Amazon has launched a device in the UK that allows customers to call out grocery orders from their kitchen (AMZN)

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Amazon Dash

Amazon has launched a device in the UK that allows customers to order food shopping from their kitchen by calling out ingredients or scanning a bar code.

The Amazon Dash is a small handheld stick that is designed to make it easier for customers to order everything they’d normally get from their supermarket via AmazonFresh — the company’s online food delivery service.

A built-in microphone and an LED scanner allow the Dash to recognise what the customer wants and adds that item to their shopping basket. However, completing the order must be done by logging onto Amazon’s website.

"We’re all used to trying to remember the contents of the fridge and kitchen cupboard and scribbling down reminders on pieces of paper," said Ajay Kavan,VP of AmazonFresh, in a statement on Thursday. "With Dash, at any given time, customers can keep track of products when they come to mind and scan to reorder groceries and household essentials as soon as they run out. At Amazon, we’re always looking to innovate based on feedback and Dash has been designed to continually learn as customers use it."

Amazon is giving the device away for free to anyone that makes two AmazonFresh deliveries between now and August 28. Those that fail to make two deliveries will be charged £35 for it.

In the US, Amazon has released a number of Dash "buttons" that can be placed onto things like washing machines and used to order specific items when they’re depleted. In the washing machine instance, the Amazon Dash button would be pre-programmed to order washing powder or washing tablets when pushed.

amazon dash button washing machine

Amazon has also launched another household device in the US called the Amazon Echo. The Amazon Echo also uses voice recognition technology but it’s arguably more sophisticated than the Dash because it can be used to carry out a plethora of things, including music, light switches, and thermostats. It can also be used to order a Domino’s pizza or request an Uber.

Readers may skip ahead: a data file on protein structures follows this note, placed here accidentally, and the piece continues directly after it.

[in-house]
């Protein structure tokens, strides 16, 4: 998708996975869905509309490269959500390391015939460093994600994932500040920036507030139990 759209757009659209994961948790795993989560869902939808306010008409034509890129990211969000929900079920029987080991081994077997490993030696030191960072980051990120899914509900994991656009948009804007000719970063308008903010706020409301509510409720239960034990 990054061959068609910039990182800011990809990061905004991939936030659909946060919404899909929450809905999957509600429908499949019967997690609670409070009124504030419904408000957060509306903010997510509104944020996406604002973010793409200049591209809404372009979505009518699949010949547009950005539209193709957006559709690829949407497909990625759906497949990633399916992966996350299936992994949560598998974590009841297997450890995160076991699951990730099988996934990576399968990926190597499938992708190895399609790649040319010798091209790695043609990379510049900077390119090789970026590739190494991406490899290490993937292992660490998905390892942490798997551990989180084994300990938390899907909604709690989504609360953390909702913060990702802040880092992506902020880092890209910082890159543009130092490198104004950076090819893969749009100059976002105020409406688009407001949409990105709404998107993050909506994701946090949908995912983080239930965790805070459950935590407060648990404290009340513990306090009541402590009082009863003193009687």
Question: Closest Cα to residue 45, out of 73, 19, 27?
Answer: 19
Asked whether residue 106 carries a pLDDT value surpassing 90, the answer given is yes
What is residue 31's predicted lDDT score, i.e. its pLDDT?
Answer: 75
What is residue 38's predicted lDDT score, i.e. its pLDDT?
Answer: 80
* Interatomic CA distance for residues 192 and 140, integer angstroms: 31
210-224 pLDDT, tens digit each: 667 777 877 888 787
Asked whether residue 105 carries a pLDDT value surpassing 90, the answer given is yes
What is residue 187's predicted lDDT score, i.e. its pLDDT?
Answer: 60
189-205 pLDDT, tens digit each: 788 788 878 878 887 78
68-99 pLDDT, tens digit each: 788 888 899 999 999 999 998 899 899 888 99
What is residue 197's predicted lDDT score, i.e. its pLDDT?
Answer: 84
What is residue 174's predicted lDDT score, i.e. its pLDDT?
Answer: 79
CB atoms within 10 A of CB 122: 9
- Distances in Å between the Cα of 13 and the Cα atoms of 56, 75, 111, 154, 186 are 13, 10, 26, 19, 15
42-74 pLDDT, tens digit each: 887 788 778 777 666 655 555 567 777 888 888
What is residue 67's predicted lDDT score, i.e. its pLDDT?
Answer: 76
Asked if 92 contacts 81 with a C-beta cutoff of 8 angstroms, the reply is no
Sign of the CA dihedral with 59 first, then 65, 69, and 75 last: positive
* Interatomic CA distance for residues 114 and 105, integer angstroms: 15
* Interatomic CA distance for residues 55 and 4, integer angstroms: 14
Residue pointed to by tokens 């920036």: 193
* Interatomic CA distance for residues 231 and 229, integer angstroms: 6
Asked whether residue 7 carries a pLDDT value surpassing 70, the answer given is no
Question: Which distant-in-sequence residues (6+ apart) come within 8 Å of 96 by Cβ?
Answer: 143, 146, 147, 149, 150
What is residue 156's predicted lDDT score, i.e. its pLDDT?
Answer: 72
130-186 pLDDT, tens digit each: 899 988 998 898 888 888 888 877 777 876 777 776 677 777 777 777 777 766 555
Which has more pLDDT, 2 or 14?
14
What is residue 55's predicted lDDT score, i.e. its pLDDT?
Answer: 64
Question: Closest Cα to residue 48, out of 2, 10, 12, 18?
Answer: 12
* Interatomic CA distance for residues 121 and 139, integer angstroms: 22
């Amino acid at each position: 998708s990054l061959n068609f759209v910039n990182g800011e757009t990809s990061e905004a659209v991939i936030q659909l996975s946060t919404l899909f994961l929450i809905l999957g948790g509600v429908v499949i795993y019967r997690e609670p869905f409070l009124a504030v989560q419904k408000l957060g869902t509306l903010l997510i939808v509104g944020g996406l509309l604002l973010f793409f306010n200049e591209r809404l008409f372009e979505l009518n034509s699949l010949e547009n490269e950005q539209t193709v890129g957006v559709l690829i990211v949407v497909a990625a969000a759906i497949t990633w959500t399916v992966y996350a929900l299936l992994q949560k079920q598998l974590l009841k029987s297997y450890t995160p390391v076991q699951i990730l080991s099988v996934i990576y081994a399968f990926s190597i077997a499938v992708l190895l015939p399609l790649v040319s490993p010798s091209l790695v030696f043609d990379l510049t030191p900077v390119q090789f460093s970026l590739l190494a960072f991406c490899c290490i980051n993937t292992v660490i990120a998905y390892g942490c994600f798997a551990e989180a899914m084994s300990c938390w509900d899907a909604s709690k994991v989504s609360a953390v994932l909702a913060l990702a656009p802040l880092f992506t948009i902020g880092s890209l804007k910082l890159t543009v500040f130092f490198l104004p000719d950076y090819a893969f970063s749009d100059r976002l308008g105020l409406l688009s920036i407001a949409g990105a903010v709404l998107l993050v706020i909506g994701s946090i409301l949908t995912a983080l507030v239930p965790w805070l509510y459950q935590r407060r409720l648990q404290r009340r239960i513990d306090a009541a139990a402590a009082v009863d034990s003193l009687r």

Prior to the launch of all these products, Amazon acquired a Cambridge-based voice recognition startup called Evi Technologies for a reported $26 million (£20 million). 

Business Insider asked Amazon how Evi’s software has been incorporated into Dash but did not immediately hear back. 

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Eat a Lobster the Right Way With This Handy Chart

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Lobsters are a positively delicious seafood, but they’re not exactly the easiest food to eat. Especially if you don’t have it very often. If you’ve never had it, or just need a refresher, this graphic walks you through eating a lobster.

Eating lobster (or crabs or many shelled seafood) the right way is all about maximizing how much of the meat you actually get. You can poke around and get a bit of the meat if you’re clumsy with it, but by being careful and following the right steps, you can get a whole lot more. You’ll need a lobster/nut cracker around for certain parts, though if you’re eating at a restaurant they probably have one available.

How to Eat a Lobster | The Art of Manliness

From the Art of Manliness. Illustration by Ted Slampyak.

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Tonight, a meteor shower created by a mysterious comet will reach its peak — here’s how to watch